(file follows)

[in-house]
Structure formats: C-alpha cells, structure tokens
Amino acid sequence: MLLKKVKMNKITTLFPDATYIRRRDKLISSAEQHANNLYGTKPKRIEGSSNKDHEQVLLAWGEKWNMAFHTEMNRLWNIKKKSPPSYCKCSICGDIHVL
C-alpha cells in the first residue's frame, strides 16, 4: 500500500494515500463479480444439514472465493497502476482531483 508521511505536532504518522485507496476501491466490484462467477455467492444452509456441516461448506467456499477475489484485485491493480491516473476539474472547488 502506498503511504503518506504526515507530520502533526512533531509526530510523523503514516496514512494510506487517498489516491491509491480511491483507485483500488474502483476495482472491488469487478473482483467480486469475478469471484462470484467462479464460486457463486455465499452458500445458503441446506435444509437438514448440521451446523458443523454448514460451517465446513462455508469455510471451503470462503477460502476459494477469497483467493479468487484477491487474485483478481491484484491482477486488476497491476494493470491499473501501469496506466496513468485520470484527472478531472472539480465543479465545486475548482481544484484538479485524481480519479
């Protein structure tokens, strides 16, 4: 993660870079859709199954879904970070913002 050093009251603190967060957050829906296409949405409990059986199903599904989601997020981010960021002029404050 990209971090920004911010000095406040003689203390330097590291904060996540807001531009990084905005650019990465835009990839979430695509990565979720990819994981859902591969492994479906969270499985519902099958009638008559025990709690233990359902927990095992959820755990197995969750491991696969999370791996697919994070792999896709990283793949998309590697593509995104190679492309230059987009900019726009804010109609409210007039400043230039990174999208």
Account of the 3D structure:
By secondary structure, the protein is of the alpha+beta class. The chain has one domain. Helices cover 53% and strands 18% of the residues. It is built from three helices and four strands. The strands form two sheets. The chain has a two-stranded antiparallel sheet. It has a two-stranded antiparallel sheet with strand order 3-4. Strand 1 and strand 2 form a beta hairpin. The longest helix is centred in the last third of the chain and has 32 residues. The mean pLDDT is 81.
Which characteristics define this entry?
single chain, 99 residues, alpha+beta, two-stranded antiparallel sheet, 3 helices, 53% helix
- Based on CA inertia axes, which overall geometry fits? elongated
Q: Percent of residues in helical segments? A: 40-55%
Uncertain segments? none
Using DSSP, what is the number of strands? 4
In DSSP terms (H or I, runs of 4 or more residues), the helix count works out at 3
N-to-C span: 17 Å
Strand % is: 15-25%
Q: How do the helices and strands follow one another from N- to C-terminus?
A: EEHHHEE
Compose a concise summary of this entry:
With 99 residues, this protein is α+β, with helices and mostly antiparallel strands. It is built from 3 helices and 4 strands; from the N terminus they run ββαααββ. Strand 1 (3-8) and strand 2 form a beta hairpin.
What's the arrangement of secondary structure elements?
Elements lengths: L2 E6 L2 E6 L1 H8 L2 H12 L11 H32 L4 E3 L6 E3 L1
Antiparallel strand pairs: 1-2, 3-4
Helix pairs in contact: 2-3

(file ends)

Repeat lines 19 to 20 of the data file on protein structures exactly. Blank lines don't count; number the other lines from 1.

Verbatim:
Compose a concise summary of this entry:
With 99 residues, this protein is α+β, with helices and mostly antiparallel strands. It is built from 3 helices and 4 strands; from the N terminus they run ββαααββ. Strand 1 (3-8) and strand 2 form a beta hairpin.